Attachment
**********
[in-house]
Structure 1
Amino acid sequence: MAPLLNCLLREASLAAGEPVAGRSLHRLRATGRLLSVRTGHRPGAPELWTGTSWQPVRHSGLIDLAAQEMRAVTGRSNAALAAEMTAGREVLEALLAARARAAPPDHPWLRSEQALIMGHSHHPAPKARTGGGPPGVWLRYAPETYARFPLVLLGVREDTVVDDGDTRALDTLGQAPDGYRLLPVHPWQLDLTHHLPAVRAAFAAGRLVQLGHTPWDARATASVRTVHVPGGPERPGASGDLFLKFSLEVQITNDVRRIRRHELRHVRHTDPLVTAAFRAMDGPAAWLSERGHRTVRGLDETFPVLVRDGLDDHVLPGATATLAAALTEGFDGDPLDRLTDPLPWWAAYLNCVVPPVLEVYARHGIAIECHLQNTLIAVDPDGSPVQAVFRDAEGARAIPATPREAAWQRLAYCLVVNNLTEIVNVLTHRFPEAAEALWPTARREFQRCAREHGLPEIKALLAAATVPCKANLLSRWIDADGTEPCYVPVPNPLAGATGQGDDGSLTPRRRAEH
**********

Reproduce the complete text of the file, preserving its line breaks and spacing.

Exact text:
[in-house]
Structure 1
Amino acid sequence: MAPLLNCLLREASLAAGEPVAGRSLHRLRATGRLLSVRTGHRPGAPELWTGTSWQPVRHSGLIDLAAQEMRAVTGRSNAALAAEMTAGREVLEALLAARARAAPPDHPWLRSEQALIMGHSHHPAPKARTGGGPPGVWLRYAPETYARFPLVLLGVREDTVVDDGDTRALDTLGQAPDGYRLLPVHPWQLDLTHHLPAVRAAFAAGRLVQLGHTPWDARATASVRTVHVPGGPERPGASGDLFLKFSLEVQITNDVRRIRRHELRHVRHTDPLVTAAFRAMDGPAAWLSERGHRTVRGLDETFPVLVRDGLDDHVLPGATATLAAALTEGFDGDPLDRLTDPLPWWAAYLNCVVPPVLEVYARHGIAIECHLQNTLIAVDPDGSPVQAVFRDAEGARAIPATPREAAWQRLAYCLVVNNLTEIVNVLTHRFPEAAEALWPTARREFQRCAREHGLPEIKALLAAATVPCKANLLSRWIDADGTEPCYVPVPNPLAGATGQGDDGSLTPRRRAEH